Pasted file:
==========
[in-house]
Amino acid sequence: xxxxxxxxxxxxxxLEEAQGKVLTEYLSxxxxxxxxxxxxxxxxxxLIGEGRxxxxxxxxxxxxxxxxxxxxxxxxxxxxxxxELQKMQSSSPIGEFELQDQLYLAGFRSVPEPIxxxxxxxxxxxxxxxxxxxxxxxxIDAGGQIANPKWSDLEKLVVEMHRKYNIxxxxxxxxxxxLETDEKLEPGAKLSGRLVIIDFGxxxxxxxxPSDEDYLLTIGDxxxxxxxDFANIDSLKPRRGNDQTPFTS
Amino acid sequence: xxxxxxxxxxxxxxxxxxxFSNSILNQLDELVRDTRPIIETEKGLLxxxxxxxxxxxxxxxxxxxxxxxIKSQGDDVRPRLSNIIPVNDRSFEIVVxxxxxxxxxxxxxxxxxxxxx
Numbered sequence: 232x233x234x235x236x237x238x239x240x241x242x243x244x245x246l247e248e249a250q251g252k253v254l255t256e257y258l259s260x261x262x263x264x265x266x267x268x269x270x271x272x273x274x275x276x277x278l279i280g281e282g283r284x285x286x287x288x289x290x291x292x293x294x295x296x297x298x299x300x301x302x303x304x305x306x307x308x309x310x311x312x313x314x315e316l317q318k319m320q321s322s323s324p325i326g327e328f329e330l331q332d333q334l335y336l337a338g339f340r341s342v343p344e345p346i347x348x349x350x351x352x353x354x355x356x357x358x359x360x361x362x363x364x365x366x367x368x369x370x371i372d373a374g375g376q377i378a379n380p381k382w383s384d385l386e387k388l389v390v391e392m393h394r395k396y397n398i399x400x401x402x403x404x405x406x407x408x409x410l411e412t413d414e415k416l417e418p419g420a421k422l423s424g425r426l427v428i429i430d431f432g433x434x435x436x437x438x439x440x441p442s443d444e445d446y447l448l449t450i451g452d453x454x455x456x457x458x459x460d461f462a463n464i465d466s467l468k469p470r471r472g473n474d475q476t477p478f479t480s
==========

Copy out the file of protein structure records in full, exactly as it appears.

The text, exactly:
[in-house]
Amino acid sequence: xxxxxxxxxxxxxxLEEAQGKVLTEYLSxxxxxxxxxxxxxxxxxxLIGEGRxxxxxxxxxxxxxxxxxxxxxxxxxxxxxxxELQKMQSSSPIGEFELQDQLYLAGFRSVPEPIxxxxxxxxxxxxxxxxxxxxxxxxIDAGGQIANPKWSDLEKLVVEMHRKYNIxxxxxxxxxxxLETDEKLEPGAKLSGRLVIIDFGxxxxxxxxPSDEDYLLTIGDxxxxxxxDFANIDSLKPRRGNDQTPFTS
Amino acid sequence: xxxxxxxxxxxxxxxxxxxFSNSILNQLDELVRDTRPIIETEKGLLxxxxxxxxxxxxxxxxxxxxxxxIKSQGDDVRPRLSNIIPVNDRSFEIVVxxxxxxxxxxxxxxxxxxxxx
Numbered sequence: 232x233x234x235x236x237x238x239x240x241x242x243x244x245x246l247e248e249a250q251g252k253v254l255t256e257y258l259s260x261x262x263x264x265x266x267x268x269x270x271x272x273x274x275x276x277x278l279i280g281e282g283r284x285x286x287x288x289x290x291x292x293x294x295x296x297x298x299x300x301x302x303x304x305x306x307x308x309x310x311x312x313x314x315e316l317q318k319m320q321s322s323s324p325i326g327e328f329e330l331q332d333q334l335y336l337a338g339f340r341s342v343p344e345p346i347x348x349x350x351x352x353x354x355x356x357x358x359x360x361x362x363x364x365x366x367x368x369x370x371i372d373a374g375g376q377i378a379n380p381k382w383s384d385l386e387k388l389v390v391e392m393h394r395k396y397n398i399x400x401x402x403x404x405x406x407x408x409x410l411e412t413d414e415k416l417e418p419g420a421k422l423s424g425r426l427v428i429i430d431f432g433x434x435x436x437x438x439x440x441p442s443d444e445d446y447l448l449t450i451g452d453x454x455x456x457x458x459x460d461f462a463n464i465d466s467l468k469p470r471r472g473n474d475q476t477p478f479t480s